Offices Supporting Retention and Transition at USC


University 101 course

University 101 Course

  • 80% of first-year class enrolls annually

  • Sections capped at 19 (203 sections)

  • 3 credit, letter graded course

  • Taught by faculty, staff, and administrators (w/peers)

  • Extended orientation model

    • Foster Academic Success

    • Help Students Discover and Connect with Carolina

    • Prepare Students for Responsible Lives in a Diverse, Interconnected World


Five year graduation rates for the fall 2006 cohort

Five-Year Graduation Rates for the fall 2006 Cohort


Hello

“the weight of evidence indicates that FYS (fist-year seminar) participation has statistically significant and substantial, positive effects on a student’s successful transition to college and the likelihood of persistence into the second year as well as on academic performance while in college.”

(Pascarella and Terenzini, 2005, p. 403)


Offices supporting retention and transition at usc1

Offices Supporting Retention and Transition at USC


Offices supporting retention and transition at usc2

Offices Supporting Retention and Transition at USC

University Housing


Hello

Student Success Center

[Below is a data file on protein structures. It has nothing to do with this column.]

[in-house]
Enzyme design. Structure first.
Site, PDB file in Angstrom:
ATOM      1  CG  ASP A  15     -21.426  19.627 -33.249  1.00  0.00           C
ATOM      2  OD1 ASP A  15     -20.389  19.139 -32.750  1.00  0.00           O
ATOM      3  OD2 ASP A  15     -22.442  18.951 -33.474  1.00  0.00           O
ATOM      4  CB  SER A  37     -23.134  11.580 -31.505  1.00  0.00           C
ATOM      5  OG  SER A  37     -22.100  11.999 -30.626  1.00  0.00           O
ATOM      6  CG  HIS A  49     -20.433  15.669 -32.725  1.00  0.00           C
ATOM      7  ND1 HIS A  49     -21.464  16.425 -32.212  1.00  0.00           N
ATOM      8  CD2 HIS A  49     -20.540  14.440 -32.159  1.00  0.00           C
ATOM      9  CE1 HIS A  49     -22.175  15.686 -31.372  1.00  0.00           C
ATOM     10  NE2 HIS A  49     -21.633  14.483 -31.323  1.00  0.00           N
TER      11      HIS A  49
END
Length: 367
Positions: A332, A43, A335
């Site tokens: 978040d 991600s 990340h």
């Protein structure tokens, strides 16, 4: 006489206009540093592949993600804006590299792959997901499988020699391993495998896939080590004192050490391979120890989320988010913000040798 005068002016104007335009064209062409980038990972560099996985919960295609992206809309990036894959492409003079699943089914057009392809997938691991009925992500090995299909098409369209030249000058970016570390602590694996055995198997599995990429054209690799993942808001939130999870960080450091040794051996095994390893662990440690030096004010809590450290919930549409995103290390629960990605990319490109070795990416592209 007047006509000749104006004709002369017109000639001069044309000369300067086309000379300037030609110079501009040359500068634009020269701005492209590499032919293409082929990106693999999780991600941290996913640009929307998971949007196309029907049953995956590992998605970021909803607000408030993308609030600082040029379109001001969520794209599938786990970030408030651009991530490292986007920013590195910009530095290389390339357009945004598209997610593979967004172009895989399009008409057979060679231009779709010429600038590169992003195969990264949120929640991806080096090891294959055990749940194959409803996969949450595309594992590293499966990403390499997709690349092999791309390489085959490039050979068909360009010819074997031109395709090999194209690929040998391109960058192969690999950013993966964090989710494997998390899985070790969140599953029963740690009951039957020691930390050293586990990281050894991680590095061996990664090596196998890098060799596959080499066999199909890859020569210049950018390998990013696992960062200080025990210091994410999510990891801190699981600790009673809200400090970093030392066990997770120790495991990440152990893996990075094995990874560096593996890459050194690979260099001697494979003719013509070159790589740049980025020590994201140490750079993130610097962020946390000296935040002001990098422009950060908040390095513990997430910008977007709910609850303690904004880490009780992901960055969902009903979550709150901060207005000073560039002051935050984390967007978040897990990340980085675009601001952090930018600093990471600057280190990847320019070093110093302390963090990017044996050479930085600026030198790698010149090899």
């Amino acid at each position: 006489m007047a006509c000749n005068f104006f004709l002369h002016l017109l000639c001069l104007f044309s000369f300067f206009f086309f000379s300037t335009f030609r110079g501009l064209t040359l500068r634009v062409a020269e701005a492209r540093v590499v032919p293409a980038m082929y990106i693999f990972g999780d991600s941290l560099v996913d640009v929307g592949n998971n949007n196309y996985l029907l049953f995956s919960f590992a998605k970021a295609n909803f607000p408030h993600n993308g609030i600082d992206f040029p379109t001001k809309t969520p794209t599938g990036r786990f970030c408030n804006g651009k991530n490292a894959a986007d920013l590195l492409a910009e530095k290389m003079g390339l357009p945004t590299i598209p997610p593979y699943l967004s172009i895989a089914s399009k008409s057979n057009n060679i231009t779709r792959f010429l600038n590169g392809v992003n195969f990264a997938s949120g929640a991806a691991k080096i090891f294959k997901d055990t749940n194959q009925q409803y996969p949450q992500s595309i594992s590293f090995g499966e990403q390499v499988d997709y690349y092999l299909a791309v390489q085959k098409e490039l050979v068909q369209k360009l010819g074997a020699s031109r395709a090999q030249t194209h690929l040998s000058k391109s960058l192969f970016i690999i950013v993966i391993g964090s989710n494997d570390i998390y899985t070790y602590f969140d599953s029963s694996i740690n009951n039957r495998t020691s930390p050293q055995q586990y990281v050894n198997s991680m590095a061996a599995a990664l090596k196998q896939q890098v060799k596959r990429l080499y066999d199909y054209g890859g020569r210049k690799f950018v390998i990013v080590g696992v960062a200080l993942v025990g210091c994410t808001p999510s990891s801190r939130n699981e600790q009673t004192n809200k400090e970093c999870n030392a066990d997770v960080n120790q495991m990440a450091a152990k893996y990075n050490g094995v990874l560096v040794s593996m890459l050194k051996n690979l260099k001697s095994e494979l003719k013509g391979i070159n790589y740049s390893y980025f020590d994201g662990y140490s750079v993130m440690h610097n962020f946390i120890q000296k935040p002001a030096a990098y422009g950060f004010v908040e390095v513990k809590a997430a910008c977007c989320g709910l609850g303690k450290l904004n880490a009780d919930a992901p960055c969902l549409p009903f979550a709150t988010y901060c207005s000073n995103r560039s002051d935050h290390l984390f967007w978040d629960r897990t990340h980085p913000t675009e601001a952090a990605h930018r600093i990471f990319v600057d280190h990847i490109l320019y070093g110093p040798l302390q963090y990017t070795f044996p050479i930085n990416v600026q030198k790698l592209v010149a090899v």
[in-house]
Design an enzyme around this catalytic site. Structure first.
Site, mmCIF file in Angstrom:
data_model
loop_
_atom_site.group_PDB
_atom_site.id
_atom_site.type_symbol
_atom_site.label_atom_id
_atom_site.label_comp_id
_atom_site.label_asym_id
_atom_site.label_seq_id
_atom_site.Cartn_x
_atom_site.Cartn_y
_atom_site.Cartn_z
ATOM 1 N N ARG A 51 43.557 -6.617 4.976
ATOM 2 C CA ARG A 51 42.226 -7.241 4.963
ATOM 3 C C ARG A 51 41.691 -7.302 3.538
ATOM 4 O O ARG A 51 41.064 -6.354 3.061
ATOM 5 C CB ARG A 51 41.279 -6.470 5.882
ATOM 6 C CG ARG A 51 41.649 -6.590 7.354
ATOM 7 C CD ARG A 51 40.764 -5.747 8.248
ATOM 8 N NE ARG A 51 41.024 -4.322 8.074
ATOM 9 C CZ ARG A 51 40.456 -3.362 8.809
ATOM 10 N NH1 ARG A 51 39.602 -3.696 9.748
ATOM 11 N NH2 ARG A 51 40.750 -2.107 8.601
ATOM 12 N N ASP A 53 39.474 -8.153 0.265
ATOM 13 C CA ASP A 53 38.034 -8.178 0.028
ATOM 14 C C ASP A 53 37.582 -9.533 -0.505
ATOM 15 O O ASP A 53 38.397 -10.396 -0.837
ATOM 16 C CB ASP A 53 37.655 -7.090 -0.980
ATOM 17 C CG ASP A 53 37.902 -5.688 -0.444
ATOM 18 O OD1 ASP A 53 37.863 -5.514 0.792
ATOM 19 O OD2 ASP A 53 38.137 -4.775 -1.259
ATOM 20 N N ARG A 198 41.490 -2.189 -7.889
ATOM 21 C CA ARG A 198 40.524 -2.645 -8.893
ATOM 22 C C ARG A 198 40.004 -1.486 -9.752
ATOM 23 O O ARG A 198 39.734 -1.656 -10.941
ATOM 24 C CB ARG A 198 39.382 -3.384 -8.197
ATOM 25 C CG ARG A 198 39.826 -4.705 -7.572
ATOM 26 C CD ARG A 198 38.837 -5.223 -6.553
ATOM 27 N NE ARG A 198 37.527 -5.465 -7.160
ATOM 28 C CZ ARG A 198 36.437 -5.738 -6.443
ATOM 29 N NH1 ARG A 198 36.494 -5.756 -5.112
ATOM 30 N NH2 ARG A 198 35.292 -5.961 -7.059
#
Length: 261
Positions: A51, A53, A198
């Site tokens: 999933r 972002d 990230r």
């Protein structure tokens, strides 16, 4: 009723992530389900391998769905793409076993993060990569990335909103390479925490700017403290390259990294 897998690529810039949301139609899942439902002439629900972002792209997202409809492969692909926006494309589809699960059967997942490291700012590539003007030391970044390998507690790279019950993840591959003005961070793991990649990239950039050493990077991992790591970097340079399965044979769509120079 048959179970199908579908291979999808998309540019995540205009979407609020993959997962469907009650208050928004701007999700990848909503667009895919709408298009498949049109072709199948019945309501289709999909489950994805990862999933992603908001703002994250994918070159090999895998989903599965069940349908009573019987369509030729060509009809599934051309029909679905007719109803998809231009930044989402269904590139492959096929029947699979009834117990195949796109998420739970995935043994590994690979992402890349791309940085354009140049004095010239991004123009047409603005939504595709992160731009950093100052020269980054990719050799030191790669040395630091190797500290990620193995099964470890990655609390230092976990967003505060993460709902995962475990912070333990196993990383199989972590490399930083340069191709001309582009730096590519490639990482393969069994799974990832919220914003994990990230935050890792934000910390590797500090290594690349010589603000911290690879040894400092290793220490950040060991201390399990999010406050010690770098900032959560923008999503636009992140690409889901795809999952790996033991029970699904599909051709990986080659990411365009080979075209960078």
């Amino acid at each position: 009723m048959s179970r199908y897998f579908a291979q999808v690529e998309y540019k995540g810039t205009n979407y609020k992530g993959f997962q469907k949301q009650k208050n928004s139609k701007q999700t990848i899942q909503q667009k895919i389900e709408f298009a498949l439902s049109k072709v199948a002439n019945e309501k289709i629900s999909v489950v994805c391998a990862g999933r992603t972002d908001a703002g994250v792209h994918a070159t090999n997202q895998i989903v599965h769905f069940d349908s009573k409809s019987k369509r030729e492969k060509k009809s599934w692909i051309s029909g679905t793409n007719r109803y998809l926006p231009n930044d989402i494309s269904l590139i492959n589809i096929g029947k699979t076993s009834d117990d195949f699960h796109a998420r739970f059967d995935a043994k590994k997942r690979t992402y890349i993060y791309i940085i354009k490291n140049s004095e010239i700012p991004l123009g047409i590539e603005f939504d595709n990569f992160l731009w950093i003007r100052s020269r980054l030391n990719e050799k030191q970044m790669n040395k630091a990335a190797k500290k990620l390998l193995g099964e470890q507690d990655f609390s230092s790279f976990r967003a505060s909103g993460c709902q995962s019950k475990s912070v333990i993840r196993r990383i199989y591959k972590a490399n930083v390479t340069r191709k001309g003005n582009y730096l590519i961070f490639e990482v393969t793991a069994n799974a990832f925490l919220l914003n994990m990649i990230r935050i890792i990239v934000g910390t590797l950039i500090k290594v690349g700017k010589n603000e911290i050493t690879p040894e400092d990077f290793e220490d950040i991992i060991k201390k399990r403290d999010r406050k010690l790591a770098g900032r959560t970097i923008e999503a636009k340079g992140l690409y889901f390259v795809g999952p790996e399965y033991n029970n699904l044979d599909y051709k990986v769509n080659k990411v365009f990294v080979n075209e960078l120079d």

ACE

Advising & Support

CAR

University 101 Programs

UNIV 101

LLC’s

Common Courses

University Housing


Shared programs support retention and transition at usc

Shared Programs Support Retention and Transition at USC

CAR, U101, and University Housing

  • What is CAR?

    • Early intervention successes and challenges

  • Motivation & Commitment Surveys

  • Meaningful contact and intervention


Shared programs support retention and transition at usc1

Shared Programs Support Retention and Transition at USC

ACE Coaching and U101

  • Freshmen Academic Recovery Program

  • U101 Recovery Section

  • Presentations and Trainings


Shared programs support retention and transition at usc2

Shared Programs Support Retention and Transition at USC

SSC and University Housing

  • Presentations and Trainings

  • ACE Locations

    • Tutoring

    • Writing support

    • Coaching


Shared programs support retention and transition at usc3